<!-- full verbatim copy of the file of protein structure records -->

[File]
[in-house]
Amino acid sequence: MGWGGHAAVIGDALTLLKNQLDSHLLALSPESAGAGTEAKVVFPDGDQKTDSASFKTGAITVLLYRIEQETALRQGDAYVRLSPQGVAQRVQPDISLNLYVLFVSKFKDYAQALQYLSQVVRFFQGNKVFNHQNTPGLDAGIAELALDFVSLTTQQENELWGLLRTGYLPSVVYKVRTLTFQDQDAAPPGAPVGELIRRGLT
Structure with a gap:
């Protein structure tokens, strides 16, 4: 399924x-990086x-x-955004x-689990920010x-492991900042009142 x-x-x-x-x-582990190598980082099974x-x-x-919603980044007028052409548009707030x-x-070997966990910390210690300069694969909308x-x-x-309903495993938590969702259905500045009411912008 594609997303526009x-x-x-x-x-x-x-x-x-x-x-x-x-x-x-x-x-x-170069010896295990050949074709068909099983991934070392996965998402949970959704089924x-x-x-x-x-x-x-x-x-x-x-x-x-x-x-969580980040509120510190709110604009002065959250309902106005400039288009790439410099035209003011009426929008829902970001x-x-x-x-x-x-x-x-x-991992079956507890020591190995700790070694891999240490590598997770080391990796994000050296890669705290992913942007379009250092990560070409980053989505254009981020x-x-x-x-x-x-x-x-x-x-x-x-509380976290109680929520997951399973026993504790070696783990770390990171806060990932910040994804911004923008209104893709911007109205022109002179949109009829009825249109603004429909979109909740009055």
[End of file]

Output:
[in-house]
Amino acid sequence: MGWGGHAAVIGDALTLLKNQLDSHLLALSPESAGAGTEAKVVFPDGDQKTDSASFKTGAITVLLYRIEQETALRQGDAYVRLSPQGVAQRVQPDISLNLYVLFVSKFKDYAQALQYLSQVVRFFQGNKVFNHQNTPGLDAGIAELALDFVSLTTQQENELWGLLRTGYLPSVVYKVRTLTFQDQDAAPPGAPVGELIRRGLT
Structure with a gap:
């Protein structure tokens, strides 16, 4: 399924x-990086x-x-955004x-689990920010x-492991900042009142 x-x-x-x-x-582990190598980082099974x-x-x-919603980044007028052409548009707030x-x-070997966990910390210690300069694969909308x-x-x-309903495993938590969702259905500045009411912008 594609997303526009x-x-x-x-x-x-x-x-x-x-x-x-x-x-x-x-x-x-170069010896295990050949074709068909099983991934070392996965998402949970959704089924x-x-x-x-x-x-x-x-x-x-x-x-x-x-x-969580980040509120510190709110604009002065959250309902106005400039288009790439410099035209003011009426929008829902970001x-x-x-x-x-x-x-x-x-991992079956507890020591190995700790070694891999240490590598997770080391990796994000050296890669705290992913942007379009250092990560070409980053989505254009981020x-x-x-x-x-x-x-x-x-x-x-x-509380976290109680929520997951399973026993504790070696783990770390990171806060990932910040994804911004923008209104893709911007109205022109002179949109009829009825249109603004429909979109909740009055």